Indifference and Epistolarity in The Eve of St. Agnes
- Indifference and Epistolarity in The Eve of St. Agnes
- Gray, Erik I.
- English and Comparative Literature
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- Edinburgh University Press
- For I believe that The Eve of St. Agnes is, in its hybrid nature, the most epistolary poem of the Romantic period. I therefore begin my discussion with an exploration of the dark or ‘indifferent’ side of letter-writing. I then examine
Keats’s letters and their willingness to submit to their own limitations as a form
of consolation or self-defense. Finally I turn to The Eve of St. Agnes and other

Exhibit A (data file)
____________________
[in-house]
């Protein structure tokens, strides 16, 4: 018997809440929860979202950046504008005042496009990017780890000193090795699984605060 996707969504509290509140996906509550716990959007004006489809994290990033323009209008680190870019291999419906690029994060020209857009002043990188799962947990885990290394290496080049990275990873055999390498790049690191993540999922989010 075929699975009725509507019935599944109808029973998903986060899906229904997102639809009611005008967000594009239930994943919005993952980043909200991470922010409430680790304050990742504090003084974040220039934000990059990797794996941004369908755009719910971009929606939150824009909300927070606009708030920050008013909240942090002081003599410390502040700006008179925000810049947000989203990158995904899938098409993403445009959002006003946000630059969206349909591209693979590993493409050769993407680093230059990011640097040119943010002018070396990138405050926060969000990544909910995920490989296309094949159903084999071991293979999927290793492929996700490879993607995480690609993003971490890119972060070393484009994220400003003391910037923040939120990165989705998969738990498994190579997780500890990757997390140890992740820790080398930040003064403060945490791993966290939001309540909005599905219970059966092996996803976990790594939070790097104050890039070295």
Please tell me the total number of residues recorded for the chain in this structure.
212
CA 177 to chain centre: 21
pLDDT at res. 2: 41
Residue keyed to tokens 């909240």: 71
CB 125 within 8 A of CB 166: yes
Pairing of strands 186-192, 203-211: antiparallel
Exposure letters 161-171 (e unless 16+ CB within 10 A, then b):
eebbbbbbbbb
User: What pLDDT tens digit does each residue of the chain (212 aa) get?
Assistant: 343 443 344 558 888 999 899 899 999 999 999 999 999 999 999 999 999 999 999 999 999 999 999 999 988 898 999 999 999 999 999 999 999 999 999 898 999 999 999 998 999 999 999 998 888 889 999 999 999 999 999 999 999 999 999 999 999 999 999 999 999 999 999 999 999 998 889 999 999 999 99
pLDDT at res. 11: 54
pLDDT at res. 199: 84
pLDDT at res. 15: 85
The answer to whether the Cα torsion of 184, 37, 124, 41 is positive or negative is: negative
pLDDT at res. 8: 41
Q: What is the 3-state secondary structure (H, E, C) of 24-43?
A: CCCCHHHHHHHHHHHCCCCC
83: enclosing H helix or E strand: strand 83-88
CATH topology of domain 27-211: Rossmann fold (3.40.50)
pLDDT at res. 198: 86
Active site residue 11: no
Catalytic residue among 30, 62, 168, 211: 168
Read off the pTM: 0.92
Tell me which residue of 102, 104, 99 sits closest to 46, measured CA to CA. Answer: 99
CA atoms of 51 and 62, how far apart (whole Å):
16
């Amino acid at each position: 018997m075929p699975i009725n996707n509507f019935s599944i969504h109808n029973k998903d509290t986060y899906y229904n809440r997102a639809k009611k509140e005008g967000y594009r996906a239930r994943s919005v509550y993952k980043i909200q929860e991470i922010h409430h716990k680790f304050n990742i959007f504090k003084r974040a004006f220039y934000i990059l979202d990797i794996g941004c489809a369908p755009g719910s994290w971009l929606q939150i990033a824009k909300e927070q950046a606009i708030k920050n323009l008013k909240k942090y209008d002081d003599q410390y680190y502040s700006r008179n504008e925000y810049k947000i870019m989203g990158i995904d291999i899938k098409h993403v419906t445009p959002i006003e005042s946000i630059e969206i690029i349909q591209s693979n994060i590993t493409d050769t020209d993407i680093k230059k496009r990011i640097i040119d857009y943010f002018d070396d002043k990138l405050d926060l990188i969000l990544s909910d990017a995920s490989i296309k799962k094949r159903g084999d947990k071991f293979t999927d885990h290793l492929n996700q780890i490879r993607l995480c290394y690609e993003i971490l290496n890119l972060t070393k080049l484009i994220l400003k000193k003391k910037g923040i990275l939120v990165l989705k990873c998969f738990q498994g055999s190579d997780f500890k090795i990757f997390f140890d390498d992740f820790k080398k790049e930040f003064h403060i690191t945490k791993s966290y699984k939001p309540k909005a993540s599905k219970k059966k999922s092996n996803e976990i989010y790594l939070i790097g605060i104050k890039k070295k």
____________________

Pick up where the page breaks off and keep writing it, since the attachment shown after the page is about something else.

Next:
poems which are all, by Keats’s own account, ‘unpoetical’ because of their
incorporation of epistolary methods. By writing poems the way he wrote letters
– that is, by having recourse to submission and evasion just when one would
expect an imaginative or ‘metaphysical’ climax – Keats opened up poetry to a
realm of experience it had previously excluded.
- English literature
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- Suggested Citation:
- Erik I. Gray, 1999, Indifference and Epistolarity in The Eve of St. Agnes, Columbia University Academic Commons, https://doi.org/10.7916/D8C53JX1.